want use express-promise-router because you don't like using
try/catch blocks. OvernightJS allows
you to pass in a custom router object in the
super.addControllers() method. Simply pass in your
custom router as the second param after the controller-instance/s. When you don't specify a custom
router, the default express.Router() object is used.
- Controller using express-promise-router:
- Add express-promise-router in the
Despite the abundance of logging tools out there, knowing exactly which is the right one for your
web-server might take more time than you feel like spending. So you can start logging events right
away, OvernightJS comes with its own logging package. From the environment variables you can easily
switch your logs to be printed out to the command line, a file, sent through your own custom logging
logic, or turned off completely. Logs printed to the console also are printed out in different colors
depending on whether they're info, a warning, an error, etc. The file for holding logs can be specified
manually or left as the default. Let's check it out!
$ npm install --save @overnightjs/logger
The logger package's main export is the
Logger class. Logger can used statically or as an instance
with settings configured through a constructor.
- The three environment variables are:
OVERNIGHT_LOGGER_MODE: can be
OVERNIGHT_LOGGER_FILEPATH: the file-path for file mode. Default is home_dir/overnight.log.
OVERNIGHT_LOGGER_RM_TIMESTAMP: removes the timestamp next to each log. Can be
logger has an export
LoggerModes which is an enum that provides all the modes if you want to
use them in code. I would recommend using
Console for local development,
File for remote development,
Off for production. If you want to change the settings in code, you can do so via
the constructor or getters/setters.
- There are 4 functions on Logger to print logs. Each has a static counterpart:
Info: prints green.
Imp: prints magenta.
Warn: prints yellow.
Err: prints red.
There is an optional second param to each method which is a
boolean. If you pass
true as the second
param, Logger will use node's
util so that the full object gets printed. You should NOT normally
use this param, but it is especially useful when debugging errors so that you can print out the full
error object and observe the stack trace.
Let's look at a code sample which sets the environment variables via a start script:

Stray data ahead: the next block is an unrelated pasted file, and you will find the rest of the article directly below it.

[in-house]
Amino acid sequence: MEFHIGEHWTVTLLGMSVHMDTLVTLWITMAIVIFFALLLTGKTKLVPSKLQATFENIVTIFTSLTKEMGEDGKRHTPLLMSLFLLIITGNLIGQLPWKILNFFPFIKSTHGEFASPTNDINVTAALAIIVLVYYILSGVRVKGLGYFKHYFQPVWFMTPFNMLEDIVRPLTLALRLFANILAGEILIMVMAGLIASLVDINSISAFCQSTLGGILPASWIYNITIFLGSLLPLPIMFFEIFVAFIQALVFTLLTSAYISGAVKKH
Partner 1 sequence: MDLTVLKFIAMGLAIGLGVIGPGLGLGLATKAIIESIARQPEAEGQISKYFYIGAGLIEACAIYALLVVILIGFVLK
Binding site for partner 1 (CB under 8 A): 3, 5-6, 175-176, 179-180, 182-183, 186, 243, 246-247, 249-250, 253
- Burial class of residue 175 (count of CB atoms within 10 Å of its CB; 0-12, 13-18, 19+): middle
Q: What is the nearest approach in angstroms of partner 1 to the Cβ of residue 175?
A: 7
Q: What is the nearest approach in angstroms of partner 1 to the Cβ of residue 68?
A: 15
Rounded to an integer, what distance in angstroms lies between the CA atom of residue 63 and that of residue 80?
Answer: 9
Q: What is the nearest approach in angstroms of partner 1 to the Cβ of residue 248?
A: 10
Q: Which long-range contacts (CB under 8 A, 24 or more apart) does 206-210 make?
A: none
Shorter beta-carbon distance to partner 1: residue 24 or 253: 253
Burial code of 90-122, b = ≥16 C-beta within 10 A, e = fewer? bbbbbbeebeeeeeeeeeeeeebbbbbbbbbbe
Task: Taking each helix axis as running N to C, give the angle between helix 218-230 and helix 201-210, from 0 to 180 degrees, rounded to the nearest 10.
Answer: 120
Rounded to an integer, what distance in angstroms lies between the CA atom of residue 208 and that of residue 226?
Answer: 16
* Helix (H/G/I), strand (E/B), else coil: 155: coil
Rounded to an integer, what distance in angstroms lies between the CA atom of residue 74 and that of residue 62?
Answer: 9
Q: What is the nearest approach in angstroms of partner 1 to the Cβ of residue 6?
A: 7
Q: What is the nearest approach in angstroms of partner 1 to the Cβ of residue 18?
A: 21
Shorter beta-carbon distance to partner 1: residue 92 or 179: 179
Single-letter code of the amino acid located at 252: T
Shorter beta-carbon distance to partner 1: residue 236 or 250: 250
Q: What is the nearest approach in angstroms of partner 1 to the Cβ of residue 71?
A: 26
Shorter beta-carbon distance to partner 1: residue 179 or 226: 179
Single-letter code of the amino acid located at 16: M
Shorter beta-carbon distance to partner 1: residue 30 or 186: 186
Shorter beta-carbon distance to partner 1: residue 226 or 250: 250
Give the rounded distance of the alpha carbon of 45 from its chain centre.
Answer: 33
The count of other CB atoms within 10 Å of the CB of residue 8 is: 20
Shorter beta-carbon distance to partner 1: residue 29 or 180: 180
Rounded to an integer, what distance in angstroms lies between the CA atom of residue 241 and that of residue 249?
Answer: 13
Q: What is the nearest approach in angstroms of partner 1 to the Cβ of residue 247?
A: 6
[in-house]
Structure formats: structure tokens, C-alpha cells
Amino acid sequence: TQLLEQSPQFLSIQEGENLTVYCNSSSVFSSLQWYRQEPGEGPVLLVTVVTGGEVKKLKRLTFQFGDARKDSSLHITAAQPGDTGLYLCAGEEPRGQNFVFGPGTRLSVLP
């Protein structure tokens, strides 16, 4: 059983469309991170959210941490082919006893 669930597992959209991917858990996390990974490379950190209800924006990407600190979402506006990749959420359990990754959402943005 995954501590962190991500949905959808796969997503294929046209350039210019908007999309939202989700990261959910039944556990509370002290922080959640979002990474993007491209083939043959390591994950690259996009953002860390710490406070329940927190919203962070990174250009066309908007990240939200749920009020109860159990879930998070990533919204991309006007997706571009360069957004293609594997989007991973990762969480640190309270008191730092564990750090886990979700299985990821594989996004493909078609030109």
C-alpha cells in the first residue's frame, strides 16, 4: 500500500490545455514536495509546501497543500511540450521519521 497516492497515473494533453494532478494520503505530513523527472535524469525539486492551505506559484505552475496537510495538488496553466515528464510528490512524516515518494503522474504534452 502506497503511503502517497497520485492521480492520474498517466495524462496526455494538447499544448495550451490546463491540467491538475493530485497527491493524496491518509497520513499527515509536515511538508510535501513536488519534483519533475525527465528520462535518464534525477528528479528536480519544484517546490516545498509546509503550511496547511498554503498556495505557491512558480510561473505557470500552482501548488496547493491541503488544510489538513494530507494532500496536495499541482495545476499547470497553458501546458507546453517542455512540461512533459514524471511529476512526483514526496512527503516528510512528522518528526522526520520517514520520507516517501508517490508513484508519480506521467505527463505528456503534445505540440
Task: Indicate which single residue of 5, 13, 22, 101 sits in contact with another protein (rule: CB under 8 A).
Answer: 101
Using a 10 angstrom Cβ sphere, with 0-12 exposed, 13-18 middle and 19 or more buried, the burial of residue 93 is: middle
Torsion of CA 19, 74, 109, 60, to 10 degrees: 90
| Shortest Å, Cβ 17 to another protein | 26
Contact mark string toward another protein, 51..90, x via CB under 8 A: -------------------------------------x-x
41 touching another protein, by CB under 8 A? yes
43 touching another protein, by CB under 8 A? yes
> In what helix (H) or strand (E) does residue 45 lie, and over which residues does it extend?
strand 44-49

- In the start script
;;;// Set the;process.env.OVERNIGHT_LOGGER_MODE = LoggerModes.File; // Can also be Console, Custom, or Offprocess.env.OVERNIGHT_LOGGER_FILEPATH = logFilePath;// Remove current log file if it exists;
- In the controller file
- The previous code-snippet will show the following content when printed to a file:
IMPORTANT: [2019-04-07T19:17:28.799Z]: OvernightJS with standard express router started on port: 3000 INFO: [2019-04-07T19:18:08.939Z]: hello-logger IMPORTANT: [2019-04-07T19:18:08.939Z]: hello-logger WARNING: [2019-04-07T19:18:08.939Z]: hello-logger ERROR: [2019-04-07T19:18:08.940Z]: hello-logger ERROR: [2019-04-07T19:18:08.940Z]: Error: printing out an error ERROR: [2019-04-07T19:18:08.956Z]: Error: printing out an error full at class_1.LoggerPracticeController.printLogsFile (/home/seanmaxwell/WebstormProjects/Overnight/sample-project/src/controllers/LoggerPracticeController.ts:49:20) at class_1.descriptor.value [as printLogsFile] (/home/seanmaxwell/WebstormProjects/Overnight/src/core/lib/PropertyDecorators.ts:36:35) at callBack (/home/seanmaxwell/WebstormProjects/Overnight/src/core/lib/Server.ts:78:50) at Layer.handle [as handle_request] (/home/seanmaxwell/WebstormProjects/Overnight/src/core/node_modules/express/lib/router/layer.js:95:5) at next (/home/seanmaxwell/WebstormProjects/Overnight/src/core/node_modules/express/lib/router/route.js:137:13) at Route.dispatch (/home/seanmaxwell/WebstormProjects/Overnight/src/core/node_modules/express/lib/router/route.js:112:3) at Layer.handle [as handle_request] (/home/seanmaxwell/WebstormProjects/Overnight/src/core/node_modules/express/lib/router/layer.js:95:5) at /home/seanmaxwell/WebstormProjects/Overnight/src/core/node_modules/express/lib/router/index.js:281:22 at param (/home/seanmaxwell/WebstormProjects/Overnight/src/core/node_modules/express/lib/router/index.js:354:14) at param (/home/seanmaxwell/WebstormProjects/Overnight/src/core/node_modules/express/lib/router/index.js:365:14) at Function.process_params (/home/seanmaxwell/WebstormProjects/Overnight/src/core/node_modules/express/lib/router/index.js:410:3) at next (/home/seanmaxwell/WebstormProjects/Overnight/src/core/node_modules/express/lib/router/index.js:275:10) at Function.handle (/home/seanmaxwell/WebstormProjects/Overnight/src/core/node_modules/express/lib/router/index.js:174:3) at router (/home/seanmaxwell/WebstormProjects/Overnight/src/core/node_modules/express/lib/router/index.js:47:12) at Layer.handle [as handle_request] (/home/seanmaxwell/WebstormProjects/Overnight/src/core/node_modules/express/lib/router/layer.js:95:5) at trim_prefix (/home/seanmaxwell/WebstormProjects/Overnight/src/core/node_modules/express/lib/router/index.js:317:13)